That is no country for old men. The young
In one another’s arms, birds in the trees
— Those dying generations — at their song,
The salmon-falls, the mackerel-crowded seas,
Fish, flesh, or fowl, commend all summer long
Whatever is begotten, born, and dies.
Caught in that sensual music all neglect
Monuments of unageing intellect.
An aged man is but a paltry thing,
A tattered coat upon a stick, unless
Soul clap its hands and sing, and louder sing
For every tatter in its mortal dress,
Nor is there singing school but studying
Monuments of its own magnificence;
And therefore I have sailed the seas and come
To the holy city of Byzantium.
O sages standing in God’s holy fire
As in the gold mosaic of a wall,
Come from the holy fire, perne in a gyre,
And be the singing-masters of my soul.
Consume my heart away; sick with desire
And fastened to a dying animal
It knows not what it is; and gather me
Into the artifice of eternity.
Once out of nature I shall never take
My bodily form from any natural thing,
But such a form as Grecian goldsmiths make
Of hammered gold and gold enamelling
To keep a drowsy Emperor awake;
Or set upon a golden bough to sing
To lords and ladies of Byzantium
Of what is past, or passing, or to come.
I won’t attempt a technical analysis of this endlessly interpretable poem, but will content myself in making a short interpretation of it.
The Fear of becoming Old and Irrelevant, and the Intense Yearning to become Eternal
In an old man’s eyes, the current world in which he lives in, despite its beauty, has become ephemeral. It belongs to the young, who cannot recognize him. His life and the life that sustains it are temporary; he’s come to the end of it, and he must travel on into agelessness. This new world is not natural but invented, and to succumb is to abandon his natural life. The timeless world he longs for is really the ancient world, the holy city of Byzantium, inhabited by worthies greater than himself. He hopes that by becoming a monument himself, he will be able to defeat the human condition.
Something I would like to share…
I first heard of William Butler Yeats in my 3rd year of high school, from this new English teacher whom I thought was rather arrogant. His name’s Glen. He was one of those fresh-out-of-college types – proud, rather egotistical, and yes – overflowing with this intense passion for teaching and terrorizing.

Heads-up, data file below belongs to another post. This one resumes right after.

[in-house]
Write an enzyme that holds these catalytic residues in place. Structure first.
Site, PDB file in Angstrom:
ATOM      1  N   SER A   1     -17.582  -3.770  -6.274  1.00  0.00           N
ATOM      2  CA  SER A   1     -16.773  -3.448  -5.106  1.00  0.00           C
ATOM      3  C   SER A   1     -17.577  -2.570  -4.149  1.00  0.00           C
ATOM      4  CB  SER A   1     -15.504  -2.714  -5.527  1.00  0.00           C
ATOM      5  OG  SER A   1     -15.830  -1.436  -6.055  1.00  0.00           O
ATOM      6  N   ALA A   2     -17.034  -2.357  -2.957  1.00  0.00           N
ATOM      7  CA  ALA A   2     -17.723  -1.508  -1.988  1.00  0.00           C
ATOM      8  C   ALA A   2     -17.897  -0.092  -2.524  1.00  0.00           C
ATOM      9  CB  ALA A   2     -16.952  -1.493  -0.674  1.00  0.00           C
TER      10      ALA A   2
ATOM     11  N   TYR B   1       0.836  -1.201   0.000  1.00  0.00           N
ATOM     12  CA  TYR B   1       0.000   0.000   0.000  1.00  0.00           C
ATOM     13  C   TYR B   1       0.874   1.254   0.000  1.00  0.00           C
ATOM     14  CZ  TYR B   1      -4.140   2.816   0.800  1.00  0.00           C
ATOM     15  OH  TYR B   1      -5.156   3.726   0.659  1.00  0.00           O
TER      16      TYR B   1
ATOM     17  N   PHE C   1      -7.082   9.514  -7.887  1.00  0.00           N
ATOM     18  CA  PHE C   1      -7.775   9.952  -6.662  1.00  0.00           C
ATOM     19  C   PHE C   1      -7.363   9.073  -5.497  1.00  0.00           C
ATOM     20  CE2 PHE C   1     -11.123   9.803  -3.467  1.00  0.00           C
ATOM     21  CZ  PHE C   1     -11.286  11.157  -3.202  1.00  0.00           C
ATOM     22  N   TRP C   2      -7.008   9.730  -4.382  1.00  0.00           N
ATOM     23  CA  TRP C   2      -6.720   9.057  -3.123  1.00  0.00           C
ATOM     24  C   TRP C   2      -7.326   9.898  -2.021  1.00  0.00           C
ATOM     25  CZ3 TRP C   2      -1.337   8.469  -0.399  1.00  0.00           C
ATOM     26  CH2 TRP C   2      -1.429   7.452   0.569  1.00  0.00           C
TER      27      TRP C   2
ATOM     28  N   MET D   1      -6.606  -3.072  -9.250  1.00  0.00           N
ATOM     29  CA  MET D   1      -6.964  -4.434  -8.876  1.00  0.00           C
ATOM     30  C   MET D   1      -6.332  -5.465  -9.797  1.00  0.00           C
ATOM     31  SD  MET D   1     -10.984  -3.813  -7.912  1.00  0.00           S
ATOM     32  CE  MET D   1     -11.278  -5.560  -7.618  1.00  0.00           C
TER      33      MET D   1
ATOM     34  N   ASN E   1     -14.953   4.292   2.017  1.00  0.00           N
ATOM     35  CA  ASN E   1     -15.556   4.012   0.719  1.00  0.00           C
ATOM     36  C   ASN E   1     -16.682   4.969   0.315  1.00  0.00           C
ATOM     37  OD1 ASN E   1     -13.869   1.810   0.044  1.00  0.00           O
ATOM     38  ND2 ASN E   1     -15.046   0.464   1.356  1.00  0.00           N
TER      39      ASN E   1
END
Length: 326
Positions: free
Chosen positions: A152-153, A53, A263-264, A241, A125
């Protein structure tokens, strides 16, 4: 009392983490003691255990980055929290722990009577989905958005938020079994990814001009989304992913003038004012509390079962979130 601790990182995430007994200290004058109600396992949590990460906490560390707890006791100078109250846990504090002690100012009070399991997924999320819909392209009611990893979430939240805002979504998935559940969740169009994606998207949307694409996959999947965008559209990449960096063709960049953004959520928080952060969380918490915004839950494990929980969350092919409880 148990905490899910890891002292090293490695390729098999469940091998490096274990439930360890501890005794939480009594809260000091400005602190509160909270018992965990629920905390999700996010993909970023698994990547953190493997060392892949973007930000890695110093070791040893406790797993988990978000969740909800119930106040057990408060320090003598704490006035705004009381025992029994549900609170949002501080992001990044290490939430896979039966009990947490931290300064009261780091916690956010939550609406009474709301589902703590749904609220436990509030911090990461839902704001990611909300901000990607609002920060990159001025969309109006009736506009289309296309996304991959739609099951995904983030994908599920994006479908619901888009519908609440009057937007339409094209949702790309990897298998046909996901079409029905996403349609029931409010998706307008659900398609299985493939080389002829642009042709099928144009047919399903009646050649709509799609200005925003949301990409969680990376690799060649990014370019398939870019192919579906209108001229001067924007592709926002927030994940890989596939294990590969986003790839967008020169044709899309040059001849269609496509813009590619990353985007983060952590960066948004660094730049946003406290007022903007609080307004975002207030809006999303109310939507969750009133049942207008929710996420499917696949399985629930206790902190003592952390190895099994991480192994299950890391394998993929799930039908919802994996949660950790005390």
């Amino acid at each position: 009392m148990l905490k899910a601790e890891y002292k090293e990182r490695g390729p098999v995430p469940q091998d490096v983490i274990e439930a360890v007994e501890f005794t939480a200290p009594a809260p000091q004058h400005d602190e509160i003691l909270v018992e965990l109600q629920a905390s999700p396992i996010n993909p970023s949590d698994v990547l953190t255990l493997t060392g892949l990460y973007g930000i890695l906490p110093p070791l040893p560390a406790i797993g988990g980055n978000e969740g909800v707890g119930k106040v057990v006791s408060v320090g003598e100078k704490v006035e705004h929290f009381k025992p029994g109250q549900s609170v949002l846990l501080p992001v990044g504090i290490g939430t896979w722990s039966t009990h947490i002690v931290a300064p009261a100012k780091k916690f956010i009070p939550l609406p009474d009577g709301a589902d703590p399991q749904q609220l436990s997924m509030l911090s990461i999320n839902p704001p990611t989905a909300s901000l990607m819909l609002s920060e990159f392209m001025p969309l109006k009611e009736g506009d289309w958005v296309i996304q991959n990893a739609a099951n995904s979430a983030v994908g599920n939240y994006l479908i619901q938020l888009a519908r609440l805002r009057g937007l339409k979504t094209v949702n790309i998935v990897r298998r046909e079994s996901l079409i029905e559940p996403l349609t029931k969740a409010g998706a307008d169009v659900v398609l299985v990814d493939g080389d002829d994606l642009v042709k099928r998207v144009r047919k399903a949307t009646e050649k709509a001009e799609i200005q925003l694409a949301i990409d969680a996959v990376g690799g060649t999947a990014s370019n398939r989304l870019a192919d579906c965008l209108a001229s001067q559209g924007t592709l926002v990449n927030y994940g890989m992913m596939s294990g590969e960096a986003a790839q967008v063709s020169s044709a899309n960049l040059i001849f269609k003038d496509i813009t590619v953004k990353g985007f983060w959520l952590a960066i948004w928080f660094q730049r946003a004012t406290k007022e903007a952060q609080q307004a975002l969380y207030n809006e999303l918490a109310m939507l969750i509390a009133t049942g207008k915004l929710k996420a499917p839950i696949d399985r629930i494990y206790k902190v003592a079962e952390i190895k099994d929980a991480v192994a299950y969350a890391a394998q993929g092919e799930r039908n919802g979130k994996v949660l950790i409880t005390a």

I hated him for childish reasons (naturally). First, he replaced my favorite teacher (who had to leave the school for greener pastures); second, he was too uptight. Short guy, but with quite a tall standard for everything. Perfectionist, yes.
I hated him more because ‘Sailing to Byzantium’ happened. Now before you say anything harsh, you have to consider the fact that I just turned 15 that time – I didn’t know who the fuck W.B. Yeats was or where Byzantium really was. Lit-Mus Week was arriving and we had to come up with a poetry-in-motion piece.
He chose that fucking thing, and told me to choreograph it. FML
A mind of a teenager, and Sailing to Byzantium – what the hell. Well yeah… I was considered smart in high school. Not always topnotch-smart but I was consistently on the honor roll; did some extracurricular activities here and there (including the dance team), and was a contributor for the school paper.
Long story short: I didn’t know how I did it or what the fuck happened, but we won. Like the asshole he was, he didn’t congratulate me. However, what he told me became the turning point of our teacher-student relationship.
With curious eyes and slightly raised eyebrows, he said, “You really know your shit, don’t you?”
The word of choice shocked me, but I knew it was a compliment. We pretty much hanged out since then. I remember he had Rage Against the Machine mp3s on his computer and we would rock out during breaks. We’ve gotten really close that I was first to know he got himself a pretty girlfriend, now his wife.
I was 18 the last time I saw Glen – at the local park with his wife, and their cute as a button son.
We didn’t talk. He waved hello and just passed right by me. But the look in his eyes was all I ever needed. That knowing look – that even though we may or may not see each other again, we’ll always be friends.
Thanks for Yeats, bud.